To implement this solution, obviously, Catholics must present clearly and firmly the Church’s economic teachings, but to whom? In the first place, it is a part of the Catholic mission to remind politicians that the Church, which has a divine mandate to interpret and protect the natural law, has pronounced upon these matters. Maybe some politicians will listen. Barnes points to the speech Bernie Sanders gave at the Vatican during the Democratic primaries as an example of a more thorough engagement with Catholic social teaching. And it is hard to disagree with that point. Sanders’s speech is an example of a politician who has at least made an effort to engage with the Church’s economic doctrine (or deputed a staffer to do it). It is nothing groundbreaking or especially insightful, but it is a fair reading from a place of engagement:
The essential wisdom of Centesimus Annus is this: A market economy is beneficial for productivity and economic freedom. But if we let the quest for profits dominate society; if workers become disposable cogs of the financial system; if vast inequalities of power and wealth lead to marginalization of the poor and the powerless; then the common good is squandered and the market economy fails us. Pope John Paul II puts it this way: profit that is the result of “illicit exploitation, speculation, or the breaking of solidarity among working people . . . has not justification, and represents an abuse in the sight of God and man.” (Para43).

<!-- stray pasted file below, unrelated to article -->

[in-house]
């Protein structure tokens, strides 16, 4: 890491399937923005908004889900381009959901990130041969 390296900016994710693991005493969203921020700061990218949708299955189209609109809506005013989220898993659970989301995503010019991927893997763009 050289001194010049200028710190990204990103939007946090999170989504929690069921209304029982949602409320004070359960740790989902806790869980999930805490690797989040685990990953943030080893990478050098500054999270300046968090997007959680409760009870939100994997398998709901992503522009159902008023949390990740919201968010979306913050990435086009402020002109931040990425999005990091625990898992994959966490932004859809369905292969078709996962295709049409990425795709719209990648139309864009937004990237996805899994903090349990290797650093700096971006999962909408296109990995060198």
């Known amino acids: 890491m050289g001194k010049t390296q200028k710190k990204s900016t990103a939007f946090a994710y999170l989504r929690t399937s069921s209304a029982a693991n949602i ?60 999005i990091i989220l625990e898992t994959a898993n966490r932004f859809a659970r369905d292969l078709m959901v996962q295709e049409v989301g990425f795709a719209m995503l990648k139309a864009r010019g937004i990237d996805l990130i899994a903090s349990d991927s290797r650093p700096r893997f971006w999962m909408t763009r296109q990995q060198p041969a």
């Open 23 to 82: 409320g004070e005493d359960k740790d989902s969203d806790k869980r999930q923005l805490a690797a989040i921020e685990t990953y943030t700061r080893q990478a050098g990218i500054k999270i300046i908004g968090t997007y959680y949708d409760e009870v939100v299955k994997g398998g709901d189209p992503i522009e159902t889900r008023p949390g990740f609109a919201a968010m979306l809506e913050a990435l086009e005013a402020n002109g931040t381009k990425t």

We are now twenty-five years after the fall of Communist rule in Eastern Europe. Yet we have to acknowledge that Pope John Paul’s warnings about the excesses of untrammeled finance were deeply prescient. Twenty-five years after Centesimus Annus, speculation, illicit financial flows, environmental destruction, and the weakening of the rights of workers is far more severe than it was a quarter century ago. Financial excesses, indeed widespread financial criminality on Wall Street, played a direct role in causing the world’s worst financial crisis since the Great Depression.